To Flourish or Not to Flourish?

Illustration by Elisa Talentino

Until a year ago, I was under the illusion that friends were meant to be forever—that they would be by your side in the darkest and happiest of times. Now, as I’ve reached the age of 18, I’ve realized that I was wrong. True, genuine friends aren’t always those who you’ve known for years and years on end. You can have a great friend who you’ve only known for a few months. Time doesn’t necessarily define authenticity in a friendship.

But, what is a “true” friend? I think the line is drawn differently when it comes to each individual. For some, it’s a shoulder to cry on, while for others, the concept doesn't exist. I fall closer to the former, but not quite. For me, a genuine friendship isn't one in which you only talk about your problems, although that is a plus. It’s one in which there's an understanding about how each of you feel without having to outright say it. It’s when you’re comfortable being yourself, and know there's no judgement from either party. It’s mutually building one another up rather than tearing each other down. It’s happiness for their accomplishments and encouragement after their failures. 

With that being said, it’s easy to mistake someone who may not have your best interests at heart for a genuine friend. When you come across these people, take my word for it: remove them from your life. I’ve learned that it’s crucial in understanding yourself to create a distance between you and those who create toxicity in your life. The reason I say it’s crucial is because every day is a new opportunity for you to improve. You can’t improve yourself when there are individuals constantly trying to break you down. It took a while for me to understand that there will be people you consider friends who won’t put in the same effort into the relationship that you do. When it reaches that point, you have to take a step back, examine the friendship, and ask yourself, “Is it worth putting in the work to not get the same in return?”

I also believe in cutting off friends who aren’t allowing you to be the best version of yourself. There’s this misconception amongst many teenagers that losing friends makes you lonely. However, if anything, it allows you to focus on yourself as an independent individual.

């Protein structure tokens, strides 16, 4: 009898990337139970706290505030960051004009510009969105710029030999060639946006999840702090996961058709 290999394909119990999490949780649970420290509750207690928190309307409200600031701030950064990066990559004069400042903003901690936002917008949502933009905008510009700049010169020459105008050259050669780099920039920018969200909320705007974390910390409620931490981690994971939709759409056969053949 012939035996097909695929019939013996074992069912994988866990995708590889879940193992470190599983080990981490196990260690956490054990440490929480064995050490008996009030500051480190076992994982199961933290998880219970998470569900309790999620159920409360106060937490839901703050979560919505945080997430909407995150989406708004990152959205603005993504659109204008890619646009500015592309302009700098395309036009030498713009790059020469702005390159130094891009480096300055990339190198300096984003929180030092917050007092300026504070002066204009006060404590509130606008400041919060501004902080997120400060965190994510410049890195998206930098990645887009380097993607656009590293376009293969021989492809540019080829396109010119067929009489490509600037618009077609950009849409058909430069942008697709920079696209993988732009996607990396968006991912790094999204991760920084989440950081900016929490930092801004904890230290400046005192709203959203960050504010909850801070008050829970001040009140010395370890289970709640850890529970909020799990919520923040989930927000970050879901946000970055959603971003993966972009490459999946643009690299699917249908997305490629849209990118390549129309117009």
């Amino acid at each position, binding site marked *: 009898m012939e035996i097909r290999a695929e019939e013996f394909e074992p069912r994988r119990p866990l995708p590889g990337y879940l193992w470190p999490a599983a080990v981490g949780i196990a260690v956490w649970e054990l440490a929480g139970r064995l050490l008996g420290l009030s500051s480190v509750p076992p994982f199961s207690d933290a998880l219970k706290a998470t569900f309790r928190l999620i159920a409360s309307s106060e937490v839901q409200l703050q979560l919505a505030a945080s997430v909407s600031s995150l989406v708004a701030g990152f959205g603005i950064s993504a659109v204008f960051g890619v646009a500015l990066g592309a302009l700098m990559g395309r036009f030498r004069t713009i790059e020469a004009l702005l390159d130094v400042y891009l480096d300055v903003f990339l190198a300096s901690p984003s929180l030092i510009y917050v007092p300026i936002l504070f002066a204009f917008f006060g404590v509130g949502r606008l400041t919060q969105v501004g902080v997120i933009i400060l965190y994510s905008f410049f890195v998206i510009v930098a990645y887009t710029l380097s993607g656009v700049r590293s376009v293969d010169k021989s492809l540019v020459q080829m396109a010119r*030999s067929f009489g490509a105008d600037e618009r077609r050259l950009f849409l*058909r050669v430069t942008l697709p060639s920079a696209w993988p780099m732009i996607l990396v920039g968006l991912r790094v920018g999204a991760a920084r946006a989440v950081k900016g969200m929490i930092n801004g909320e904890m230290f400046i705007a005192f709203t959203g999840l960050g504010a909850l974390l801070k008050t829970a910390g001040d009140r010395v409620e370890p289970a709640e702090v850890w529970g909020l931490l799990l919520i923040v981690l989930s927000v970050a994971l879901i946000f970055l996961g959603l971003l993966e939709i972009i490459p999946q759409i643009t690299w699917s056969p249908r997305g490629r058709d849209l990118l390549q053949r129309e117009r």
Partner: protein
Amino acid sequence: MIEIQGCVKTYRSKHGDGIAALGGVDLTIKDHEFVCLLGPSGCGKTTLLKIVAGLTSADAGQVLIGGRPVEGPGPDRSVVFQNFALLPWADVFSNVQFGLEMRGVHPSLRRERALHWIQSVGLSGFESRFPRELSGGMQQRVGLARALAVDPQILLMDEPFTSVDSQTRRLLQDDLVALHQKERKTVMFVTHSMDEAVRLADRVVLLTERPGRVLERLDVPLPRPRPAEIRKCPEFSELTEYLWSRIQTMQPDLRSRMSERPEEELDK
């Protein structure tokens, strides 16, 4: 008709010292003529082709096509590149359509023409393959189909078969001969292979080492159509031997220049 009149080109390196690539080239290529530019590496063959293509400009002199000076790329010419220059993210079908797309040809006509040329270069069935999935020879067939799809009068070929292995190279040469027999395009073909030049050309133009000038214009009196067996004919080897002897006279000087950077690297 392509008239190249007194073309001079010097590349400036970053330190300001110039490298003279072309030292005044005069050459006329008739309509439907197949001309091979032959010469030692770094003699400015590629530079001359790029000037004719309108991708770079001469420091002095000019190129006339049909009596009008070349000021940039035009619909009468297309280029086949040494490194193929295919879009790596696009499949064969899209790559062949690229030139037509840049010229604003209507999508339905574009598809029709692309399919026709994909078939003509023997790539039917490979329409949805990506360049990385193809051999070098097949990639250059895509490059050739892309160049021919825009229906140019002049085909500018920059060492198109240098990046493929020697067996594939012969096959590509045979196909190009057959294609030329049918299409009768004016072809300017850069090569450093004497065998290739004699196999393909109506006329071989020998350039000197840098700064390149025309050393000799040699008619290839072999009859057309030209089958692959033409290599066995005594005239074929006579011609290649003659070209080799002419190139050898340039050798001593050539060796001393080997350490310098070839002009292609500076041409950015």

That goes hand in hand with another concept that’s common in a lot of teenagers’ ideologies. Many believe that weekends should be spent going out with friends or going out on dates. There is pressure put upon teenagers to be out and about, living life. I constantly see Snapchats and Instagram stories of people going out every weekend, and more or less doing the same thing week after week. Because of that, I’ve often felt guilty for not making plans and opting to spend the weekend baking, putting on face masks, and watching a good Korean drama. But, by giving time to myself, I re-discovered my passion for writing, and was finally able to read that book I’d been putting off. 

This leads me to my last piece of advice. Self-love is the best kind of love. Putting aside everything and everyone else, I've learned, loving yourself comes first. I won’t lie and say that I love myself during every waking moment of my day. I often say that it’s harder to love yourself than it is others, because you know of all of your flaws and insecurities. But, while you’re getting to know someone, said person can easily hide their flaws and insecurities. We’re all harsher critics of ourselves, more so than anyone else. I went to a conference once, and I heard a speaker say, “If we spoke to others the way we speak to ourselves, we would have no friends.” It’s sad that what was said rung true.

So I leave you with this: of all the love and support you give out to others in the world, it is vital that you show some to yourself. 

By Meshall Awan

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